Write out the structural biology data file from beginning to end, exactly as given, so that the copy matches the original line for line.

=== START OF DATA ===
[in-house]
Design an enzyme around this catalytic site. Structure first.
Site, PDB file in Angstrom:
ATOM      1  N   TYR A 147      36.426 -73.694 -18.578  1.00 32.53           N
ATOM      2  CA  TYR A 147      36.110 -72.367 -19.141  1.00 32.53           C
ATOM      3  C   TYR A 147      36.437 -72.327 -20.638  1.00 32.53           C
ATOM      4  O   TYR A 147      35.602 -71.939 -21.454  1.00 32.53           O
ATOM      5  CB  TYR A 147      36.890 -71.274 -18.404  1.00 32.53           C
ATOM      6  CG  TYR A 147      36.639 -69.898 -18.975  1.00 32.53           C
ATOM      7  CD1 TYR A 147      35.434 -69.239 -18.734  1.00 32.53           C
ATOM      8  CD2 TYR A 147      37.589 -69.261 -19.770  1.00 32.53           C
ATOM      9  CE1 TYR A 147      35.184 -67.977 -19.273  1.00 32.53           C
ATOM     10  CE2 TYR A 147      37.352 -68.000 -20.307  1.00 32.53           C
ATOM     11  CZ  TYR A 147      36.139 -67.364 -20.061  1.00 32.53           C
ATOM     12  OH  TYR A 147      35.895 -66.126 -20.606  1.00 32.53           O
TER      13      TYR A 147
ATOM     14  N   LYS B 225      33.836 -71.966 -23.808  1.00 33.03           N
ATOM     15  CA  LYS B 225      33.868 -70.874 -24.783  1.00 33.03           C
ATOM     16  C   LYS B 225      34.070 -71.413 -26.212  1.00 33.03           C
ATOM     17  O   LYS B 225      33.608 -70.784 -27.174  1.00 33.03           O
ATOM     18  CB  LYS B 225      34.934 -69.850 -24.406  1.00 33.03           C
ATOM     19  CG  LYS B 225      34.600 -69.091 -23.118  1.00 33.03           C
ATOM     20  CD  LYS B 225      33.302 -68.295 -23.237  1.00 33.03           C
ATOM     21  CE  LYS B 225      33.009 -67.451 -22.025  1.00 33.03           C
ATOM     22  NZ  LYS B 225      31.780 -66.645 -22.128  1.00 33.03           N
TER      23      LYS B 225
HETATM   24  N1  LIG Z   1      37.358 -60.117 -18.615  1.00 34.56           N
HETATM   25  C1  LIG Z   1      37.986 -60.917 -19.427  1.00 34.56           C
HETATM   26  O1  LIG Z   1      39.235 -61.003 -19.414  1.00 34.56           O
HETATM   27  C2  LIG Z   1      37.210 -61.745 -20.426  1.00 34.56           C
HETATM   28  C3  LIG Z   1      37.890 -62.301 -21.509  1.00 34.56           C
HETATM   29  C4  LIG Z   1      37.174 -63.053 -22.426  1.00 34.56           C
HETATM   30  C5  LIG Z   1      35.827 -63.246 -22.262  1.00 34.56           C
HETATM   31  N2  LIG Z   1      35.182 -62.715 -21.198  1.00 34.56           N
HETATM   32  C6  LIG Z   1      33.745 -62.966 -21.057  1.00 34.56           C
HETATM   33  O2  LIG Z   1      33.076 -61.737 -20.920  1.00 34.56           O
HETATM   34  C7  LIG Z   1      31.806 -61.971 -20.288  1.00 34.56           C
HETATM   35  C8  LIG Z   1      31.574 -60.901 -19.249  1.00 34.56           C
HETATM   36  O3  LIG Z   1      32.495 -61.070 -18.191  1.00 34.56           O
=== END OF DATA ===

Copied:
[in-house]
Design an enzyme around this catalytic site. Structure first.
Site, PDB file in Angstrom:
ATOM      1  N   TYR A 147      36.426 -73.694 -18.578  1.00 32.53           N
ATOM      2  CA  TYR A 147      36.110 -72.367 -19.141  1.00 32.53           C
ATOM      3  C   TYR A 147      36.437 -72.327 -20.638  1.00 32.53           C
ATOM      4  O   TYR A 147      35.602 -71.939 -21.454  1.00 32.53           O
ATOM      5  CB  TYR A 147      36.890 -71.274 -18.404  1.00 32.53           C
ATOM      6  CG  TYR A 147      36.639 -69.898 -18.975  1.00 32.53           C
ATOM      7  CD1 TYR A 147      35.434 -69.239 -18.734  1.00 32.53           C
ATOM      8  CD2 TYR A 147      37.589 -69.261 -19.770  1.00 32.53           C
ATOM      9  CE1 TYR A 147      35.184 -67.977 -19.273  1.00 32.53           C
ATOM     10  CE2 TYR A 147      37.352 -68.000 -20.307  1.00 32.53           C
ATOM     11  CZ  TYR A 147      36.139 -67.364 -20.061  1.00 32.53           C
ATOM     12  OH  TYR A 147      35.895 -66.126 -20.606  1.00 32.53           O
TER      13      TYR A 147
ATOM     14  N   LYS B 225      33.836 -71.966 -23.808  1.00 33.03           N
ATOM     15  CA  LYS B 225      33.868 -70.874 -24.783  1.00 33.03           C
ATOM     16  C   LYS B 225      34.070 -71.413 -26.212  1.00 33.03           C
ATOM     17  O   LYS B 225      33.608 -70.784 -27.174  1.00 33.03           O
ATOM     18  CB  LYS B 225      34.934 -69.850 -24.406  1.00 33.03           C
ATOM     19  CG  LYS B 225      34.600 -69.091 -23.118  1.00 33.03           C
ATOM     20  CD  LYS B 225      33.302 -68.295 -23.237  1.00 33.03           C
ATOM     21  CE  LYS B 225      33.009 -67.451 -22.025  1.00 33.03           C
ATOM     22  NZ  LYS B 225      31.780 -66.645 -22.128  1.00 33.03           N
TER      23      LYS B 225
HETATM   24  N1  LIG Z   1      37.358 -60.117 -18.615  1.00 34.56           N
HETATM   25  C1  LIG Z   1      37.986 -60.917 -19.427  1.00 34.56           C
HETATM   26  O1  LIG Z   1      39.235 -61.003 -19.414  1.00 34.56           O
HETATM   27  C2  LIG Z   1      37.210 -61.745 -20.426  1.00 34.56           C
HETATM   28  C3  LIG Z   1      37.890 -62.301 -21.509  1.00 34.56           C
HETATM   29  C4  LIG Z   1      37.174 -63.053 -22.426  1.00 34.56           C
HETATM   30  C5  LIG Z   1      35.827 -63.246 -22.262  1.00 34.56           C
HETATM   31  N2  LIG Z   1      35.182 -62.715 -21.198  1.00 34.56           N
HETATM   32  C6  LIG Z   1      33.745 -62.966 -21.057  1.00 34.56           C
HETATM   33  O2  LIG Z   1      33.076 -61.737 -20.920  1.00 34.56           O
HETATM   34  C7  LIG Z   1      31.806 -61.971 -20.288  1.00 34.56           C
HETATM   35  C8  LIG Z   1      31.574 -60.901 -19.249  1.00 34.56           C
HETATM   36  O3  LIG Z   1      32.495 -61.070 -18.191  1.00 34.56           O